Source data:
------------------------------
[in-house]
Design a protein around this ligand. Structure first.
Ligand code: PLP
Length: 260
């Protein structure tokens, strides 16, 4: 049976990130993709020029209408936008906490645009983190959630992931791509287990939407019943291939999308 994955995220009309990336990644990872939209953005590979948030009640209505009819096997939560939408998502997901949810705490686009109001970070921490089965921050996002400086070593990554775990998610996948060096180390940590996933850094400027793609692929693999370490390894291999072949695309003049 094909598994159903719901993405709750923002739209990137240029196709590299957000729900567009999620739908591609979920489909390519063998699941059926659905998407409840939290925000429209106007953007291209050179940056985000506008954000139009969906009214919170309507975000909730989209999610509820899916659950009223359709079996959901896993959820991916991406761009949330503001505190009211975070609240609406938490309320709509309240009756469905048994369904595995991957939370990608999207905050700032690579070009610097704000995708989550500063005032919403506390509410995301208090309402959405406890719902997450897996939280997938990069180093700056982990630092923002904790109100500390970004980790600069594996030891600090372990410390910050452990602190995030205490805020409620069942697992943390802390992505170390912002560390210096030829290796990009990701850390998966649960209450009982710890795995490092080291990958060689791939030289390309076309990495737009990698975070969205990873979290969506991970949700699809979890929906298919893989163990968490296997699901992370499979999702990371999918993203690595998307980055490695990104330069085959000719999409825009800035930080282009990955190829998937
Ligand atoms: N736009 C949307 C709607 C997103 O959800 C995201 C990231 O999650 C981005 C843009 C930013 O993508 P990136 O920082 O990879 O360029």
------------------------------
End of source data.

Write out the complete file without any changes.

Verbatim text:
[in-house]
Design a protein around this ligand. Structure first.
Ligand code: PLP
Length: 260
């Protein structure tokens, strides 16, 4: 049976990130993709020029209408936008906490645009983190959630992931791509287990939407019943291939999308 994955995220009309990336990644990872939209953005590979948030009640209505009819096997939560939408998502997901949810705490686009109001970070921490089965921050996002400086070593990554775990998610996948060096180390940590996933850094400027793609692929693999370490390894291999072949695309003049 094909598994159903719901993405709750923002739209990137240029196709590299957000729900567009999620739908591609979920489909390519063998699941059926659905998407409840939290925000429209106007953007291209050179940056985000506008954000139009969906009214919170309507975000909730989209999610509820899916659950009223359709079996959901896993959820991916991406761009949330503001505190009211975070609240609406938490309320709509309240009756469905048994369904595995991957939370990608999207905050700032690579070009610097704000995708989550500063005032919403506390509410995301208090309402959405406890719902997450897996939280997938990069180093700056982990630092923002904790109100500390970004980790600069594996030891600090372990410390910050452990602190995030205490805020409620069942697992943390802390992505170390912002560390210096030829290796990009990701850390998966649960209450009982710890795995490092080291990958060689791939030289390309076309990495737009990698975070969205990873979290969506991970949700699809979890929906298919893989163990968490296997699901992370499979999702990371999918993203690595998307980055490695990104330069085959000719999409825009800035930080282009990955190829998937
Ligand atoms: N736009 C949307 C709607 C997103 O959800 C995201 C990231 O999650 C981005 C843009 C930013 O993508 P990136 O920082 O990879 O360029």